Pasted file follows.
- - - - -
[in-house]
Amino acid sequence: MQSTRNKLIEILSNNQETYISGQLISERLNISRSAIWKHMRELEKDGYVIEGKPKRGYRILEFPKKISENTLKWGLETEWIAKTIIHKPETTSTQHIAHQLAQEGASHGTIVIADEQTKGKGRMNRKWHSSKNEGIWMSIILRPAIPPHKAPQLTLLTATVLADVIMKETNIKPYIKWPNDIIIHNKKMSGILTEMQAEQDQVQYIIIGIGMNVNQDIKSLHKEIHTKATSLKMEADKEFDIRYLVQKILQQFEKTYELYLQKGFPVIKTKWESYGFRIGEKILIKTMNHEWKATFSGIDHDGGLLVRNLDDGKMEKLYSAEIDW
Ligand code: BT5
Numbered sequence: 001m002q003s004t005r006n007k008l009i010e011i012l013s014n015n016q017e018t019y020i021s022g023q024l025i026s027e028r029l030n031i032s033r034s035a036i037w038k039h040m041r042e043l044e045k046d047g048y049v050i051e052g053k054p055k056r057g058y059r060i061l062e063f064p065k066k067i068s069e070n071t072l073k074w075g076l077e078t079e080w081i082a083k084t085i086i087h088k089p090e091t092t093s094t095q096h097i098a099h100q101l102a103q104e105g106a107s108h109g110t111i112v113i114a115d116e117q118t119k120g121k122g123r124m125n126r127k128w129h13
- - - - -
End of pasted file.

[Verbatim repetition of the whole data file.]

[in-house]
Amino acid sequence: MQSTRNKLIEILSNNQETYISGQLISERLNISRSAIWKHMRELEKDGYVIEGKPKRGYRILEFPKKISENTLKWGLETEWIAKTIIHKPETTSTQHIAHQLAQEGASHGTIVIADEQTKGKGRMNRKWHSSKNEGIWMSIILRPAIPPHKAPQLTLLTATVLADVIMKETNIKPYIKWPNDIIIHNKKMSGILTEMQAEQDQVQYIIIGIGMNVNQDIKSLHKEIHTKATSLKMEADKEFDIRYLVQKILQQFEKTYELYLQKGFPVIKTKWESYGFRIGEKILIKTMNHEWKATFSGIDHDGGLLVRNLDDGKMEKLYSAEIDW
Ligand code: BT5
Numbered sequence: 001m002q003s004t005r006n007k008l009i010e011i012l013s014n015n016q017e018t019y020i021s022g023q024l025i026s027e028r029l030n031i032s033r034s035a036i037w038k039h040m041r042e043l044e045k046d047g048y049v050i051e052g053k054p055k056r057g058y059r060i061l062e063f064p065k066k067i068s069e070n071t072l073k074w075g076l077e078t079e080w081i082a083k084t085i086i087h088k089p090e091t092t093s094t095q096h097i098a099h100q101l102a103q104e105g106a107s108h109g110t111i112v113i114a115d116e117q118t119k120g121k122g123r124m125n126r127k128w129h13